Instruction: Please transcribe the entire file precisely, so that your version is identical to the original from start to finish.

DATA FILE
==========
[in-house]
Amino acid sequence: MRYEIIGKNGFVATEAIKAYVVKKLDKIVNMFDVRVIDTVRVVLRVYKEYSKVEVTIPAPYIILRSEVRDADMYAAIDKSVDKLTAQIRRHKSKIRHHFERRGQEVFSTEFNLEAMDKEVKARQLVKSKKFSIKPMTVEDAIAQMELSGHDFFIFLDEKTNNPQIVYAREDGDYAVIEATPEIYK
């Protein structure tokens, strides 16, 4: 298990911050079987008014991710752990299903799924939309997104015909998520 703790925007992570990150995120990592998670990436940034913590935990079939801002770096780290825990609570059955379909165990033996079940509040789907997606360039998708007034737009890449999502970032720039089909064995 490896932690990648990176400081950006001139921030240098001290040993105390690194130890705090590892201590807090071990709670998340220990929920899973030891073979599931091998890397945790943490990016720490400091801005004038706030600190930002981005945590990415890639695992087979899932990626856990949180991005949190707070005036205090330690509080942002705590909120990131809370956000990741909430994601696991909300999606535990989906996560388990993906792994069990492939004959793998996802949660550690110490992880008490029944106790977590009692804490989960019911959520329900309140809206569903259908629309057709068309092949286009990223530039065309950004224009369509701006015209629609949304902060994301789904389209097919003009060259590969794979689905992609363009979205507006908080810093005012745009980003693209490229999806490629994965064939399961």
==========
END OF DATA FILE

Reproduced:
[in-house]
Amino acid sequence: MRYEIIGKNGFVATEAIKAYVVKKLDKIVNMFDVRVIDTVRVVLRVYKEYSKVEVTIPAPYIILRSEVRDADMYAAIDKSVDKLTAQIRRHKSKIRHHFERRGQEVFSTEFNLEAMDKEVKARQLVKSKKFSIKPMTVEDAIAQMELSGHDFFIFLDEKTNNPQIVYAREDGDYAVIEATPEIYK
């Protein structure tokens, strides 16, 4: 298990911050079987008014991710752990299903799924939309997104015909998520 703790925007992570990150995120990592998670990436940034913590935990079939801002770096780290825990609570059955379909165990033996079940509040789907997606360039998708007034737009890449999502970032720039089909064995 490896932690990648990176400081950006001139921030240098001290040993105390690194130890705090590892201590807090071990709670998340220990929920899973030891073979599931091998890397945790943490990016720490400091801005004038706030600190930002981005945590990415890639695992087979899932990626856990949180991005949190707070005036205090330690509080942002705590909120990131809370956000990741909430994601696991909300999606535990989906996560388990993906792994069990492939004959793998996802949660550690110490992880008490029944106790977590009692804490989960019911959520329900309140809206569903259908629309057709068309092949286009990223530039065309950004224009369509701006015209629609949304902060994301789904389209097919003009060259590969794979689905992609363009979205507006908080810093005012745009980003693209490229999806490629994965064939399961």